You can read more about the historical background on my website here.
The finest example of mamluk style decks is also the only one that has survived almost complete. It is known as the game of kings and deputies (mulûk wa-nuwwâb), or the Topkapi deck, and it roughly dates to 1500. It is located in the Topkapi museum in Istanbul. It consists of 48 remaining cards originially belonging to three different decks, which have been rearranged into one single deck. 43 cards, the vast majority, belong to the so-called "type 1" deck of mamluk cards, 41 of which are known to the public. Most of these type 1 cards have been reproduced as facsimiles by Jan Bauwens and published by Aurelia Press in the 1970s. This publication, which has been out of print and hard to obtain for decades now, included reconstructions of the lost cards side by side with facsimiles of the remaining cards.
More detailed and comprehensive information about the deck and its structure can be found here.
The New Game of Kings and Deputies
A combination of facsimiles together with reconstructions of missing cards (like the Bauwens facsimile) results in a somewhat inconsistent look and feel. What I always wanted for myself instead was a neat reproduction with a consistent and homogenious look and feel.
To achieve this all the cards had to be recreated from scratch. I also wanted to create something that the people from the Mamluk period would have liked as well, and probaby would have done themselves in a similar way, if they had had the technical tools.
Read more about the ideas and design principles that I followed when making the deck here.
If there should be significantly more backers than needed, some little extras will be added to the rewards.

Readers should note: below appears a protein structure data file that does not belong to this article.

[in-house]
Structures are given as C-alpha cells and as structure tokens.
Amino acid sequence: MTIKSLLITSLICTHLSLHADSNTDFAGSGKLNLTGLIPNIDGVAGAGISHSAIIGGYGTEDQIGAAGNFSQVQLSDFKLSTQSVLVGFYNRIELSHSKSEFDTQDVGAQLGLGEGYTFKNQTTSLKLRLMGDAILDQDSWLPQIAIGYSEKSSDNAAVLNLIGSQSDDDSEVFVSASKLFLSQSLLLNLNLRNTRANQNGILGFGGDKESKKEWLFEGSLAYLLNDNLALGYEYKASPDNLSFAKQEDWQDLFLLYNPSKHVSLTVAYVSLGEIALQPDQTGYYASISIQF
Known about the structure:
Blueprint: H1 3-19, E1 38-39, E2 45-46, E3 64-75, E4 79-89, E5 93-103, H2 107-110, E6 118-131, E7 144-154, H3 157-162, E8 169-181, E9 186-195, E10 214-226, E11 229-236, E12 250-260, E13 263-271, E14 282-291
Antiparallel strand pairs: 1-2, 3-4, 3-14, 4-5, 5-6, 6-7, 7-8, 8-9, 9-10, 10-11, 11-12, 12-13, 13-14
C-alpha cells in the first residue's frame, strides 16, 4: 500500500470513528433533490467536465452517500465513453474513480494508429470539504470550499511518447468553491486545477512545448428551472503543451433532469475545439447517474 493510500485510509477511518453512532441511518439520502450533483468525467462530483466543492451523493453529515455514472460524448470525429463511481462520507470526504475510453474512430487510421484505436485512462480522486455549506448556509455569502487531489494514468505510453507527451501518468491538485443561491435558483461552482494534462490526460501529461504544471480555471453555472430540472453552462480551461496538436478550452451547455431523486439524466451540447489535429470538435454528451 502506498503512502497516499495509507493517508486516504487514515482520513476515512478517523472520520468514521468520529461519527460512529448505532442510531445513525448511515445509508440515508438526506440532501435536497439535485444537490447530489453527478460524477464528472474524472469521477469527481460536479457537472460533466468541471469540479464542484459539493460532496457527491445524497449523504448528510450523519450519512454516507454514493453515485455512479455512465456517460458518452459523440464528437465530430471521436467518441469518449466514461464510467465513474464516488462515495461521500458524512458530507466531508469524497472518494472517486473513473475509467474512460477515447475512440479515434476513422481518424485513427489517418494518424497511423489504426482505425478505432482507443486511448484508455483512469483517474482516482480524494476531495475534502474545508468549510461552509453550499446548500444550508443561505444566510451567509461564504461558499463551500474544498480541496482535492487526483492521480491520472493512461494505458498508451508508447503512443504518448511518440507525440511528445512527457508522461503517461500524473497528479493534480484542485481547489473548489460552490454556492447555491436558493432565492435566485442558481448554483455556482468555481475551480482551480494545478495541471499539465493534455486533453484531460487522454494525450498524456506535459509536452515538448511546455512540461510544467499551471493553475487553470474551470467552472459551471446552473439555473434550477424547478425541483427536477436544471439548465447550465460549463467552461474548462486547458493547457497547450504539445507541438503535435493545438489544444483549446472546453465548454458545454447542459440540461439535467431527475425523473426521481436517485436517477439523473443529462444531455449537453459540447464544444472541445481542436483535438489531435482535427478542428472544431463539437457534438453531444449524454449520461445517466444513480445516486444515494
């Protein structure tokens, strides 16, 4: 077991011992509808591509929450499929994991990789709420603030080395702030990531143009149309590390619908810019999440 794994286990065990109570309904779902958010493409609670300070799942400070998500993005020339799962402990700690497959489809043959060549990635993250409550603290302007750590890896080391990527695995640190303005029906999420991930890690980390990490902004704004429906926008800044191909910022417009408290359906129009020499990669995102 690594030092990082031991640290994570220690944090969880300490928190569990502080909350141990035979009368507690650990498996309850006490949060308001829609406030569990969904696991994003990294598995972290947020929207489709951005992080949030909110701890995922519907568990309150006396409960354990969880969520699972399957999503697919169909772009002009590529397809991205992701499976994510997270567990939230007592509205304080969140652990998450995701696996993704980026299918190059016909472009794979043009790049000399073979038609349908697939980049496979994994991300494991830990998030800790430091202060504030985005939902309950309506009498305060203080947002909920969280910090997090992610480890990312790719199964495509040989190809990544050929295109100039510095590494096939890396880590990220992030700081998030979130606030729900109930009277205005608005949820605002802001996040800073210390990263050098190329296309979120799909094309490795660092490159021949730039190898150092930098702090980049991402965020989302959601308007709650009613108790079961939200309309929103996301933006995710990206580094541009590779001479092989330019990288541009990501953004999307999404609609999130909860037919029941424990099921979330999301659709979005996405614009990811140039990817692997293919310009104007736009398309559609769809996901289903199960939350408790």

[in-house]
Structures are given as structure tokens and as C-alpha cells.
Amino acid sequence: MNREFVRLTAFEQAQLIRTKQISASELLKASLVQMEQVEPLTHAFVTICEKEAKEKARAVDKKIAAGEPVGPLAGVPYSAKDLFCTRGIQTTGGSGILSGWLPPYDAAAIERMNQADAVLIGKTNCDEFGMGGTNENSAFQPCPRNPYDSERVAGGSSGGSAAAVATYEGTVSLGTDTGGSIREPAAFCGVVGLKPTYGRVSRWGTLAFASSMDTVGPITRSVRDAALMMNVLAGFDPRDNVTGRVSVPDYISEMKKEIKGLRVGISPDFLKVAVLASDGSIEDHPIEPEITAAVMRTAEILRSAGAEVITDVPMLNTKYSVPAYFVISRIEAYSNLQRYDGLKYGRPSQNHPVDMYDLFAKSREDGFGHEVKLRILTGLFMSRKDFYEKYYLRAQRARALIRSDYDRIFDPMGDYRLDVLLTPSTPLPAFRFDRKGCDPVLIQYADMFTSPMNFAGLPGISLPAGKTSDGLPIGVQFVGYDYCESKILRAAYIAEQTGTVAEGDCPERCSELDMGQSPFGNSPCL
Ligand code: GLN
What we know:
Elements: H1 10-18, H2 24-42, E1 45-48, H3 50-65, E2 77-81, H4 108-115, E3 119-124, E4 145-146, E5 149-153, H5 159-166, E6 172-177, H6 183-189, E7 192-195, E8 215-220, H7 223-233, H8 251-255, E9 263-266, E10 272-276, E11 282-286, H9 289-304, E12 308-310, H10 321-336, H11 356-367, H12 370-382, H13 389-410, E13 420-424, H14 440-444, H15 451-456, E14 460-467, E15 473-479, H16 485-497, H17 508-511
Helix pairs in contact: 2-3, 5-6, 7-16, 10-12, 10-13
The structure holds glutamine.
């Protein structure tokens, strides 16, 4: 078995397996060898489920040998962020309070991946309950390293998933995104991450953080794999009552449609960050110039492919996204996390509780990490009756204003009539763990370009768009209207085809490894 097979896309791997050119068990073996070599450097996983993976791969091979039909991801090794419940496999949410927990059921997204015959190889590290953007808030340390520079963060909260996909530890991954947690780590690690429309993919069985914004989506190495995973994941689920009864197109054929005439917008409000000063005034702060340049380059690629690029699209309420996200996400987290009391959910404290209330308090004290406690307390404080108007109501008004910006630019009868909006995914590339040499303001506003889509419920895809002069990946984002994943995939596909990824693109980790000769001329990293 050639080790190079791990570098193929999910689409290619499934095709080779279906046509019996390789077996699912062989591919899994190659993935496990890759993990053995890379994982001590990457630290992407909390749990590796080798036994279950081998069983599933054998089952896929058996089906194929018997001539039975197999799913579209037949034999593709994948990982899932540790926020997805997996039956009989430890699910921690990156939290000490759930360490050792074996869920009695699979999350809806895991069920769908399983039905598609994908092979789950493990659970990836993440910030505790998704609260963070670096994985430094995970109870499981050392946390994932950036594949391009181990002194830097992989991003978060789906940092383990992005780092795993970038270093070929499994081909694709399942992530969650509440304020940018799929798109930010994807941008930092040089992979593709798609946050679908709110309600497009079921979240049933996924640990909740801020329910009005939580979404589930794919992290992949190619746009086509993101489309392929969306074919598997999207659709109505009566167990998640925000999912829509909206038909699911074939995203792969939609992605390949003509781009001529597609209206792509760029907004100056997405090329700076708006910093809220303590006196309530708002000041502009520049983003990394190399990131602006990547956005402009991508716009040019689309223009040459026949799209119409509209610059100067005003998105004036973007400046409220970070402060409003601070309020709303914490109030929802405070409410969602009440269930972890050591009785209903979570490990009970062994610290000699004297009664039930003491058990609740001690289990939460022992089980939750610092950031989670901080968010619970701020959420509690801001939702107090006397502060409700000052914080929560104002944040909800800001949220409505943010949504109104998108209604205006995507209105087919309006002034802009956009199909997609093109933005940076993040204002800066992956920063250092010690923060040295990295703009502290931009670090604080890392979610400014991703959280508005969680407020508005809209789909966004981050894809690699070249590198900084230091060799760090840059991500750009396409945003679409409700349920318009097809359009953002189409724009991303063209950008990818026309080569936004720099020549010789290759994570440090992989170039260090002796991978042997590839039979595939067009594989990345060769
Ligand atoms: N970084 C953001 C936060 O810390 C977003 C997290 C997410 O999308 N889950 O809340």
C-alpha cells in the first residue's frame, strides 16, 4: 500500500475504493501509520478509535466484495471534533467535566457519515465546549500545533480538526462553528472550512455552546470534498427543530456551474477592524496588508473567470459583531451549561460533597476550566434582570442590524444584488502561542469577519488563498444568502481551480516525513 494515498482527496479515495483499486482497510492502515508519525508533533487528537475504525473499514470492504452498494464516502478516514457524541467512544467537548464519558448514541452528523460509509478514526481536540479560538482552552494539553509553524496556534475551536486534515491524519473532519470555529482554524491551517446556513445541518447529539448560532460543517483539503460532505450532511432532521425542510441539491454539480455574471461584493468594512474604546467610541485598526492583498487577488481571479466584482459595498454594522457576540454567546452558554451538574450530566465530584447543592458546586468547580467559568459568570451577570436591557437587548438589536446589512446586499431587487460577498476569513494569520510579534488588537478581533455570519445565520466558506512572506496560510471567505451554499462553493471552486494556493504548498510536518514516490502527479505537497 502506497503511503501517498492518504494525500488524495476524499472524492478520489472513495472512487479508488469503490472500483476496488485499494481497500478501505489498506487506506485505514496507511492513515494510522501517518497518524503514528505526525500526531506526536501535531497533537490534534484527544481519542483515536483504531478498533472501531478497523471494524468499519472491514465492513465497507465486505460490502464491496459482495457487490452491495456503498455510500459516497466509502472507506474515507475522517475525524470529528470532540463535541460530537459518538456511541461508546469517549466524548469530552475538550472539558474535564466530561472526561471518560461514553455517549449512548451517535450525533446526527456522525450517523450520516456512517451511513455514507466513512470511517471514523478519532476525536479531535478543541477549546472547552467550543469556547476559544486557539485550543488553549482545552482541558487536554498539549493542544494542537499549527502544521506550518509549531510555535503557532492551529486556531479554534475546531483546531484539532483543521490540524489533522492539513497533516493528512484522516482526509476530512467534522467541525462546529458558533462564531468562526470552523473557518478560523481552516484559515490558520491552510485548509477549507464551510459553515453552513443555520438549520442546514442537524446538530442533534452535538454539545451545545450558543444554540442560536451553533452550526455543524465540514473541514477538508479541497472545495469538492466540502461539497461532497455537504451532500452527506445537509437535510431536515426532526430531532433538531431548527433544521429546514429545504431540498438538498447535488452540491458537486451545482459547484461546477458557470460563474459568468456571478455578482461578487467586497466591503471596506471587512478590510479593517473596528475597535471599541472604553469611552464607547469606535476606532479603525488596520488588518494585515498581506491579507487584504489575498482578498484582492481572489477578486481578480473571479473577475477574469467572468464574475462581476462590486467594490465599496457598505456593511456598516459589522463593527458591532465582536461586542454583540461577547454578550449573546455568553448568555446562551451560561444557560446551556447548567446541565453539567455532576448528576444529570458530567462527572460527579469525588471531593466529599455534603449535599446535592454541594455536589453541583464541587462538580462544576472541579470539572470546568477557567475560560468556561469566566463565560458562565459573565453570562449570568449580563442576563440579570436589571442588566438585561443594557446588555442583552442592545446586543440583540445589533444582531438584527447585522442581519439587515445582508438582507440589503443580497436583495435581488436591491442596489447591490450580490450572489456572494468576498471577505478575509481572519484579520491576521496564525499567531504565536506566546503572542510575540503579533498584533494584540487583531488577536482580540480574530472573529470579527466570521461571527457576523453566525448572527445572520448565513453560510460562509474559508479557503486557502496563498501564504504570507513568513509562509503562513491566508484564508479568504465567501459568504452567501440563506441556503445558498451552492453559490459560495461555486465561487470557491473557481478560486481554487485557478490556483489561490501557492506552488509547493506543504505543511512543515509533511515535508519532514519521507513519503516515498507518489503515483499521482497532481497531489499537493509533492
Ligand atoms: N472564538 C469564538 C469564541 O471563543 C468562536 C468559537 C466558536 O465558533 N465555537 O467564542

10000 Euros pledged: An A3-size sheet containing small images of the cards in the mamluk deck. A different color scheme will be used, that emphasiszes the suit symbols and produces a stronger contrast with the other decorative patterns as well as making a clearer distinction between the different suit by using suit-specific colors. Now part of the regular rewards!
13000 Euros pledged: 5 more cards per deck, namely the four type 2 cards and the one type 3 card that where used to make up for missing cards in the original Topkapi deck. These cards follow a slightly different design in general and nicely show the variations of the Mamluk pattern that existed. Now part of the regular rewards!
18000 Euros pledged: There will be a posher box for the cards than the standard playing card box. Strech goal lowered to 10000 Euros.
And this is what the cards will look like
Risks and challenges
The design of the deck is complete and only waits to be printed on professional playing card stock. Quotes from several printing companies have been obtained. There can always be problems with the printers that cause a delay the printing process. The scheduled delivery time already contains a generous buffer to take that into account. If this buffer should not be enough, then there might be a delay in sending off the rewards.Learn about accountability on Kickstarter